• Solomon Telekom and Solomon Islands Broadcasting Corporation (SIBC) provided technical assistance with the broadcasting equipment
  • Ausaid’s Community Sector Programme (CSP) provided funding for the whole of Don Bosco’s Media Education programme for Youth and Women (2009)
  • Solomon Islands Development Trust (SIDT), a long-established community development organisation have partnered with Don Bosco in media education activities and workshops
  • SIGNIS – the World Catholic Association for Communication
  • WACC – the World Association for Christian Communication

Income

The station is funded through the Salesians of Don Bosco programme in Solomon Islands.

Human Resources

The station had until recently three staff, sharing the work of broadcasting, programme production, reporting and media. Situated as it is within the RTC it has access to a range of technical skills should the need arise.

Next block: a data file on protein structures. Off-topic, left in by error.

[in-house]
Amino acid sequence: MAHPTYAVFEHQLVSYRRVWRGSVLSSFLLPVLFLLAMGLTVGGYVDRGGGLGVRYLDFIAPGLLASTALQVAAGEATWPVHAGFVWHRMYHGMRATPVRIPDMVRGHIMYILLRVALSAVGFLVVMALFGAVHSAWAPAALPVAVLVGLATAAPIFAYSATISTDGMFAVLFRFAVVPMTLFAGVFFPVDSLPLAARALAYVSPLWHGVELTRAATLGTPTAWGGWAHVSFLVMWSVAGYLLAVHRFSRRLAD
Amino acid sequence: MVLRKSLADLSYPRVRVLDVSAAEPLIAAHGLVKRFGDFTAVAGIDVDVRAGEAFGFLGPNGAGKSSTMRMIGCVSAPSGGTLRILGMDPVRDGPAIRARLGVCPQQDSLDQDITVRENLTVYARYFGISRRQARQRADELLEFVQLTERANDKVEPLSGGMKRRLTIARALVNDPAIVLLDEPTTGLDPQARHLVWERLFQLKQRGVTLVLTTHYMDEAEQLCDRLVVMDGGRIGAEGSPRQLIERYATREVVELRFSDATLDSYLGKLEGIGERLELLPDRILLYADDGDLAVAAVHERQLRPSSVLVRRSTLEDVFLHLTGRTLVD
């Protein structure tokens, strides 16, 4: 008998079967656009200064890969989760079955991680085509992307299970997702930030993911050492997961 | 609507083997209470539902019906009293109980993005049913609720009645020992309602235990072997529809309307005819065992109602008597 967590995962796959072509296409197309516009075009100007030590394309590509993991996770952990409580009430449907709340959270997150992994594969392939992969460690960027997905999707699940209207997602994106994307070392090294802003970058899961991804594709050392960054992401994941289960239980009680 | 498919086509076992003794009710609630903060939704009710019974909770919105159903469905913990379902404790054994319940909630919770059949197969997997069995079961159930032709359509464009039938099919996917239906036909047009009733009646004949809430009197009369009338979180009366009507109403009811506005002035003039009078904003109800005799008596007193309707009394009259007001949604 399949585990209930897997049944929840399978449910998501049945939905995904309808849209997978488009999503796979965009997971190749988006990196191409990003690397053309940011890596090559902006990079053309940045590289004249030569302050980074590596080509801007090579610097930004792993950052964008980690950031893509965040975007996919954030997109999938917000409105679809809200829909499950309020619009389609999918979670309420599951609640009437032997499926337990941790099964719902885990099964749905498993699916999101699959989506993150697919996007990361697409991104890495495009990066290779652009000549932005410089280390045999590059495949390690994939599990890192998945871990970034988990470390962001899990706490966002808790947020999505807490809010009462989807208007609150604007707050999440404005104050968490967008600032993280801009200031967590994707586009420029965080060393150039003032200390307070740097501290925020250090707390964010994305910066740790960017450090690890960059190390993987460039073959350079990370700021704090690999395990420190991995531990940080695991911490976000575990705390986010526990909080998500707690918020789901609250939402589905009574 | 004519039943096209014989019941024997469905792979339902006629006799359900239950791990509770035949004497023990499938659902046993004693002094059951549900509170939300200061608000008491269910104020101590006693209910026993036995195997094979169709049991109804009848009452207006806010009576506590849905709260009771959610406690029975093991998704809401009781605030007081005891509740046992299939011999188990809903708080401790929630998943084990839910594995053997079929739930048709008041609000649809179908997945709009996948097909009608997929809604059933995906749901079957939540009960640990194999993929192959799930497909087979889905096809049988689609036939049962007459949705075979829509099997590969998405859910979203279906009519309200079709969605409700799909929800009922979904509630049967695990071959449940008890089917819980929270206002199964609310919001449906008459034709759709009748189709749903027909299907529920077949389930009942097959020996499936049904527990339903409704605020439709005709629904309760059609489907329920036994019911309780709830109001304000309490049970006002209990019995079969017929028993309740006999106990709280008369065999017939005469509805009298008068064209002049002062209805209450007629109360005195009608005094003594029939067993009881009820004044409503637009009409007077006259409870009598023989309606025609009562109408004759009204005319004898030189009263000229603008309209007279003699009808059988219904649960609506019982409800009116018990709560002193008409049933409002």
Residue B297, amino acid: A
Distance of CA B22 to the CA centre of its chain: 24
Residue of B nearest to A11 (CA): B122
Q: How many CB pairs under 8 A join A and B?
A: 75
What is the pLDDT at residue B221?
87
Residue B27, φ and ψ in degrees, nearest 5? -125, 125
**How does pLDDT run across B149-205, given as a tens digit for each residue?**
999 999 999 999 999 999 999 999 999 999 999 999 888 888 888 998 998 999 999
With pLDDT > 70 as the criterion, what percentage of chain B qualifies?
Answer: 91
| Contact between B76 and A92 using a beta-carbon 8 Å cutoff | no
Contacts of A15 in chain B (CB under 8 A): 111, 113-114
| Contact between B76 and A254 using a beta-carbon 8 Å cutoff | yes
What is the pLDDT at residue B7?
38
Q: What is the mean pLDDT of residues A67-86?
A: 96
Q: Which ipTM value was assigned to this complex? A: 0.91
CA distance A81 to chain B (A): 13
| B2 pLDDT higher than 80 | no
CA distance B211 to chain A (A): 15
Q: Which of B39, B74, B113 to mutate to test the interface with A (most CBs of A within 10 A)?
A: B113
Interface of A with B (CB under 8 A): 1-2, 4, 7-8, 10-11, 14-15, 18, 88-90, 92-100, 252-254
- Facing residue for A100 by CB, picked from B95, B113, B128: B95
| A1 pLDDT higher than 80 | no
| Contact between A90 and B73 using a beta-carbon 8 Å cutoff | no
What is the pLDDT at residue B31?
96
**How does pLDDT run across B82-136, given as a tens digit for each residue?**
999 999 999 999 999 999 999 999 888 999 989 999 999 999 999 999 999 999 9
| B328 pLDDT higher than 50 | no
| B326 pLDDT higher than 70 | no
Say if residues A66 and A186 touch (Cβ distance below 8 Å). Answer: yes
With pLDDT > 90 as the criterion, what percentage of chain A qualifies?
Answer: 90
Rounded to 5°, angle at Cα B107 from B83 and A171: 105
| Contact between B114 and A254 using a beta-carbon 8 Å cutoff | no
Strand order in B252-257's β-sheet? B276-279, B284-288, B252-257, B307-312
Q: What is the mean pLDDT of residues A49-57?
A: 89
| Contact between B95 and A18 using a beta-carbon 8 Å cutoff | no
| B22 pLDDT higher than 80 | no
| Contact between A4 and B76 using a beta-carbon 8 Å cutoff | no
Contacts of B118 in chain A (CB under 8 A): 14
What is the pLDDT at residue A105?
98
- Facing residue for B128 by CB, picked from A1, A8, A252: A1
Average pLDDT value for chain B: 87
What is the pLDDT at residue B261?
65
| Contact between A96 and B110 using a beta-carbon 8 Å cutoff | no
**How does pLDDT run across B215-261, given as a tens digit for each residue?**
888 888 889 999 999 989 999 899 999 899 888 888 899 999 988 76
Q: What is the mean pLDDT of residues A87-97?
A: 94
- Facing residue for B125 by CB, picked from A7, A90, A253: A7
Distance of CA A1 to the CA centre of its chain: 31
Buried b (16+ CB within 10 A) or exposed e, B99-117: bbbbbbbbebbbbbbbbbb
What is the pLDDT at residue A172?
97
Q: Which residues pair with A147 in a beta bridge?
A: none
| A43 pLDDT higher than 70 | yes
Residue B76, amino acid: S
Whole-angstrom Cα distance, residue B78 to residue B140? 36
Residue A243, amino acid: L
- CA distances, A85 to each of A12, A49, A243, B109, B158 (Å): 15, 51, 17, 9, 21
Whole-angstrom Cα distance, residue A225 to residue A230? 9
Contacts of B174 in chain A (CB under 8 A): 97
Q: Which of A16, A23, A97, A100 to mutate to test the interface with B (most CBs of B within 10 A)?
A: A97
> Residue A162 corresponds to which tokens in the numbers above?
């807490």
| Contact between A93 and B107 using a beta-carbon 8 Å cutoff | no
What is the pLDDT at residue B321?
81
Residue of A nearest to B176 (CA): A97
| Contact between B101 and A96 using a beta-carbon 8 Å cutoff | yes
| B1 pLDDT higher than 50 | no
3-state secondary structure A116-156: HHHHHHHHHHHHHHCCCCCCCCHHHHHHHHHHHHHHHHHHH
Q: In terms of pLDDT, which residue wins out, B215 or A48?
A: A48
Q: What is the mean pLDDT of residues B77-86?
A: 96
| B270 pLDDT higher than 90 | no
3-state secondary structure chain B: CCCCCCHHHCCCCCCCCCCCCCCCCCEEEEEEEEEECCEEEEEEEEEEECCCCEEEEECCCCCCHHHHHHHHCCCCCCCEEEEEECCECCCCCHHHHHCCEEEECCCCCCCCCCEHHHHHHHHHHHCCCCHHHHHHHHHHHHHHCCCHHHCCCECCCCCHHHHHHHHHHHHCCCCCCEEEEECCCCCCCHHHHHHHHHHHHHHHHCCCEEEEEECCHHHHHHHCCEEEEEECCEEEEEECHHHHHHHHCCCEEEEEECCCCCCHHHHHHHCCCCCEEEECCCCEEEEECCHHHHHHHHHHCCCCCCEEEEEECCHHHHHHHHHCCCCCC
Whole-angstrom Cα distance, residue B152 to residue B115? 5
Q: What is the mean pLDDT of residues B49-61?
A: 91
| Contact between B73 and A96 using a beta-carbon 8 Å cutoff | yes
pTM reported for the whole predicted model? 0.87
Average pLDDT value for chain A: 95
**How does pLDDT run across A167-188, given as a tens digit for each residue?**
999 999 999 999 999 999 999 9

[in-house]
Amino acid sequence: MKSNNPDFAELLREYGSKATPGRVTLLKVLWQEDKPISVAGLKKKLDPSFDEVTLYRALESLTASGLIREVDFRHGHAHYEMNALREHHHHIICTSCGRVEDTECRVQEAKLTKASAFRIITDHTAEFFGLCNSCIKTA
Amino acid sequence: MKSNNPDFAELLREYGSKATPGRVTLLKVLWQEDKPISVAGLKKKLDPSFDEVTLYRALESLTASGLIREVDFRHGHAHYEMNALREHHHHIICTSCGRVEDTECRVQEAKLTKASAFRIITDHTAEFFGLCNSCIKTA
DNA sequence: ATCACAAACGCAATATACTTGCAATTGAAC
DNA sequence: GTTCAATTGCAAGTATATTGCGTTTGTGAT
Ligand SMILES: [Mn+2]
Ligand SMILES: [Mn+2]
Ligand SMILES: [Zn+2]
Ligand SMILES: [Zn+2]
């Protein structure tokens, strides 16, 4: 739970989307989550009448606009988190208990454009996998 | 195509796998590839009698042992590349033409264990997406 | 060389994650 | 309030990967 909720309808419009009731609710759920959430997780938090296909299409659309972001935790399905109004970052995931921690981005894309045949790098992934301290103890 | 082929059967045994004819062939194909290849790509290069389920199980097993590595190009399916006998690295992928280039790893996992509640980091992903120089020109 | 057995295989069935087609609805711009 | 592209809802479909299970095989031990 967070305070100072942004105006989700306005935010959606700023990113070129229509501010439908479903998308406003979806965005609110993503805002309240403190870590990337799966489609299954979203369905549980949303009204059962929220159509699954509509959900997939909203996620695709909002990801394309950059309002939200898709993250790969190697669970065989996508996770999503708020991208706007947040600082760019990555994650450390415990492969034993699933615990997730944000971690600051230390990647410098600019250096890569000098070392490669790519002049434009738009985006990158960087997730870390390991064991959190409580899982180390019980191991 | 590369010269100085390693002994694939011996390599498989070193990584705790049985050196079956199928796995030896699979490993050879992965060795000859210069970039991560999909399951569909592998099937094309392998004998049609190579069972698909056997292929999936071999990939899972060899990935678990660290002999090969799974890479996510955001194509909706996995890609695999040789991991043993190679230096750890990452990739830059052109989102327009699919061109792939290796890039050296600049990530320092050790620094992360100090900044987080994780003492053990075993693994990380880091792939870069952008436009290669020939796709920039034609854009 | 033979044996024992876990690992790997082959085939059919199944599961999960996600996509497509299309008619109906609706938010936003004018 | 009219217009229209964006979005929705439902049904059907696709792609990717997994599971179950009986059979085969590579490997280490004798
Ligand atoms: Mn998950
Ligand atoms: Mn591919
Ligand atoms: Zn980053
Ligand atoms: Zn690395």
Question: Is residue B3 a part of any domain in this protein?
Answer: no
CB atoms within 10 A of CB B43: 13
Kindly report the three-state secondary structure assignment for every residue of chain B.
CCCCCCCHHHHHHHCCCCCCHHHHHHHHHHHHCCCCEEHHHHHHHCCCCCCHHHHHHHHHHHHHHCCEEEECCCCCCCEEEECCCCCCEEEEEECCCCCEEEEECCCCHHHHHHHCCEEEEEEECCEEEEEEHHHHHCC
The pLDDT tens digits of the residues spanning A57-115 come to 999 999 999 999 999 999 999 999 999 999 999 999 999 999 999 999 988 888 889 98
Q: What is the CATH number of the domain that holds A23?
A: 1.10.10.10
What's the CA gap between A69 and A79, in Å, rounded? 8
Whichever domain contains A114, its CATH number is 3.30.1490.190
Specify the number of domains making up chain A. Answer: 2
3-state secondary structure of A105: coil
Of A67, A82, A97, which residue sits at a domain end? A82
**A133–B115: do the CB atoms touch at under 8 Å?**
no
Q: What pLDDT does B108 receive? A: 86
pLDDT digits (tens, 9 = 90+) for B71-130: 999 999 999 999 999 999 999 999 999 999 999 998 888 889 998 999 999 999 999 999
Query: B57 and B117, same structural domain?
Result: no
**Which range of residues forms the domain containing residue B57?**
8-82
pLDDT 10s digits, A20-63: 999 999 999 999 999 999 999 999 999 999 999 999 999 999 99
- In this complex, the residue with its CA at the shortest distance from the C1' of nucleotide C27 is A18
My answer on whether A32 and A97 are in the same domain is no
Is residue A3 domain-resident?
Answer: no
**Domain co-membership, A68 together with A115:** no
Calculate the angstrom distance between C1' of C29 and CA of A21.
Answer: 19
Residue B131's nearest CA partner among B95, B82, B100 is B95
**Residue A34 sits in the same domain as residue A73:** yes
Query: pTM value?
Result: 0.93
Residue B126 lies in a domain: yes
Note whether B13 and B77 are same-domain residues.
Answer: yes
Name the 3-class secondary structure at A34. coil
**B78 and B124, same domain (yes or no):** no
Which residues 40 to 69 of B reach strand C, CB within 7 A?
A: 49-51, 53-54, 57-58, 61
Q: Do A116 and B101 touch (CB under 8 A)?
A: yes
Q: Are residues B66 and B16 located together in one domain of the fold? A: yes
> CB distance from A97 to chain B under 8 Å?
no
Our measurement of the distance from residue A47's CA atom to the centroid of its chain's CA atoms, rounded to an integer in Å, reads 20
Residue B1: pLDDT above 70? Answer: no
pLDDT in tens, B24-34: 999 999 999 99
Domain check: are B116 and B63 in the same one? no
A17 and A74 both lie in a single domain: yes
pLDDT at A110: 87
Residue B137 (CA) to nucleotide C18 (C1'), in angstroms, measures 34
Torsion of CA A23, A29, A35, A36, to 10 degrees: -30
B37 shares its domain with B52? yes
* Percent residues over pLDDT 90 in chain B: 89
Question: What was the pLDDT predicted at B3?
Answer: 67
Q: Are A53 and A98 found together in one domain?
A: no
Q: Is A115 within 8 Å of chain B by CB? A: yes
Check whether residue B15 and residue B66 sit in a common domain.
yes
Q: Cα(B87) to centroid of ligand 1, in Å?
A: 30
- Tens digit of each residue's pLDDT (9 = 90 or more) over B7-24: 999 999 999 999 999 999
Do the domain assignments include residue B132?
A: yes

Announcer Elizabeth at work

Main focus of activities and aspects of social change

The objectives of Radio BOSCO and its members are to

(a) provide a community radio service to the Tetere Community and to empower the people of Tetere through information, education, health and open interaction;

(b) to promote the Tetere language and the Tetere area customs and traditions through radio service and to provide information on development issues affecting the people;

(c) to provide youth a forum where the people of Tetere can exchange views and opinions on environmental and other developmental issues affecting them;

(d) to provide the women of Tetere a means of empowerment through the promotion of programs that would strengthen their independence and increase their standing in the community, and

(e) to provide an outlet for information on what is happening in the International community and how this affects the development and lives of the people of Tetere.